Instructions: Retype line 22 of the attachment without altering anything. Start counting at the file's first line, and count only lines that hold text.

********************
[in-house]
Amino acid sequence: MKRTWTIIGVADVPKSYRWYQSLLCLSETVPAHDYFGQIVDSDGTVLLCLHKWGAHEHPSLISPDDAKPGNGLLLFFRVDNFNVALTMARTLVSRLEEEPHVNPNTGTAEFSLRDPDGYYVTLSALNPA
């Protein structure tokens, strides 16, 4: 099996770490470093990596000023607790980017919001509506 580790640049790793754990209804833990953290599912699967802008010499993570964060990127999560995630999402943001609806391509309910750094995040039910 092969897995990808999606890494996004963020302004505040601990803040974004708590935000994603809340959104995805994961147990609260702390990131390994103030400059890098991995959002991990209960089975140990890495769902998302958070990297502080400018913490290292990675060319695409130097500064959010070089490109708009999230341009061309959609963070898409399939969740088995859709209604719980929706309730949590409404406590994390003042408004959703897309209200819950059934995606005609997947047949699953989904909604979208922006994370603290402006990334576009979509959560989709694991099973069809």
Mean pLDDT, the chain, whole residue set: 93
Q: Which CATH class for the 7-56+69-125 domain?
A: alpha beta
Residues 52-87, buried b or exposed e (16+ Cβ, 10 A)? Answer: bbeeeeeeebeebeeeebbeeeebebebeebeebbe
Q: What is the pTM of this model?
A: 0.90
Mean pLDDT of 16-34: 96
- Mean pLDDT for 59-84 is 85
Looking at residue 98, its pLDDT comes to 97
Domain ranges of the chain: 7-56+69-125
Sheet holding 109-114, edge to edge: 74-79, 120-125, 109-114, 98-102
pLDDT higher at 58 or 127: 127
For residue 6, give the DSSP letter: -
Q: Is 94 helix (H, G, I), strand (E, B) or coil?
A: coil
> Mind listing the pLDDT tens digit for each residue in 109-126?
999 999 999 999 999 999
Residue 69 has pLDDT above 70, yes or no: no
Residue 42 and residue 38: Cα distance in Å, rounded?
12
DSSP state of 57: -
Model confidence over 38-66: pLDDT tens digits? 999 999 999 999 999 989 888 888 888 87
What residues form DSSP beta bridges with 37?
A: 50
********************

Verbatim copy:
Residue 42 and residue 38: Cα distance in Å, rounded?